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Researchers Develop System to detect Sarcasm on Social Media. Pixabay
  • In order to teach the system to produce accurate interpretations, the researchers compiled a database of 3,000 sarcastic tweets
  • Based on machine translation, the new system, called Sarcasm SIGN (sarcasm Sentimental Interpretation GeNerator)
  • The system was examined by a number of (human) judges, who gave its interpretations high scores of fluency and adequacy

New York, June 24, 2017: To help people with autism, who often have difficulty interpreting sarcasm, irony and humour, researchers have developed a system for interpreting sarcastic statements posted on social media.

“There are a lot of systems designed to identify sarcasm, but this is the first that is able to interpret sarcasm in written text,” said Lotam Peled from Technion — Israel Institute of Technology.


“We hope in the future, it will help people with autism and Asperger’s,” Peled, who developed that system under the guidance of Assistant Professor Roi Reichart, added.

Based on machine translation, the new system, called Sarcasm SIGN (sarcasm Sentimental Interpretation GeNerator), turns sarcastic sentences into honest (non-sarcastic) ones.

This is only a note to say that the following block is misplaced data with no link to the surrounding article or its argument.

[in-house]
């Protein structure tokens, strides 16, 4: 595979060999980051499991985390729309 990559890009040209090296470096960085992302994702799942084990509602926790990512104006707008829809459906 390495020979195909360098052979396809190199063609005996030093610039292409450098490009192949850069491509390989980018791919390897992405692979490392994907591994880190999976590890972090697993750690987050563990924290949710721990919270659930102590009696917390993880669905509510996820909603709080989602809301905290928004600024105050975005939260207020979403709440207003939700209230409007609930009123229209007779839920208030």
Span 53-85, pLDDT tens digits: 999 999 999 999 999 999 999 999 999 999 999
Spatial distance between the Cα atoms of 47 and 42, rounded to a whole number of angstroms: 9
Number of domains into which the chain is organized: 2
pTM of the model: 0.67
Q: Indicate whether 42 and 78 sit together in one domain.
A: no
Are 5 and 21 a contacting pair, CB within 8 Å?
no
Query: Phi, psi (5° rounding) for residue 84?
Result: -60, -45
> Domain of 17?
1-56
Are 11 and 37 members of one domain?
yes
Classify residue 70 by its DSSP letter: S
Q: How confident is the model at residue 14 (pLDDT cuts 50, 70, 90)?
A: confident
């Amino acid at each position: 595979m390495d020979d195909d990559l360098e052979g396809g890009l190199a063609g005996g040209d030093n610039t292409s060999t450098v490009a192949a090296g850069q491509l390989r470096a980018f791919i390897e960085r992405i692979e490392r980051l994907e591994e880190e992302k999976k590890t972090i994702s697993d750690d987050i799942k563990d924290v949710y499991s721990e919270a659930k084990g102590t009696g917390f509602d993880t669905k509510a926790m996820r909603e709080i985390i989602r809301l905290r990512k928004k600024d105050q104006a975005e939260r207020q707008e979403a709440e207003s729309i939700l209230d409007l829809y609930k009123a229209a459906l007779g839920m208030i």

It will, for example, turn a sarcastic sentence such as, “The new ‘Fast and Furious’ movie is awesome. #sarcasm” into the honest sentence, “The new Fast and Furious movie is terrible.”

Despite the vast development in this field, and the successes of sentiment analysis applications on “social media intelligence,” existing applications do not know how to interpret sarcasm, where the writer writes the opposite of what he/she actually means.

In order to teach the system to produce accurate interpretations, the researchers compiled a database of 3,000 sarcastic tweets that were tagged with #sarcasm, where each tweet was interpreted into a non-sarcastic expression by five human experts.

In addition, the system was trained to identify words with strong sarcastic sentiments and to replace them with strong words that reveal the true meaning of the text.

The system was examined by a number of (human) judges, who gave its interpretations high scores of fluency and adequacy, agreeing that in most cases it produced a semantically and linguistically correct sentence, the American Technion Society (ATS) which provides critical support to the Technion – Israel Institute of Technology, said in a statement. (IANS)


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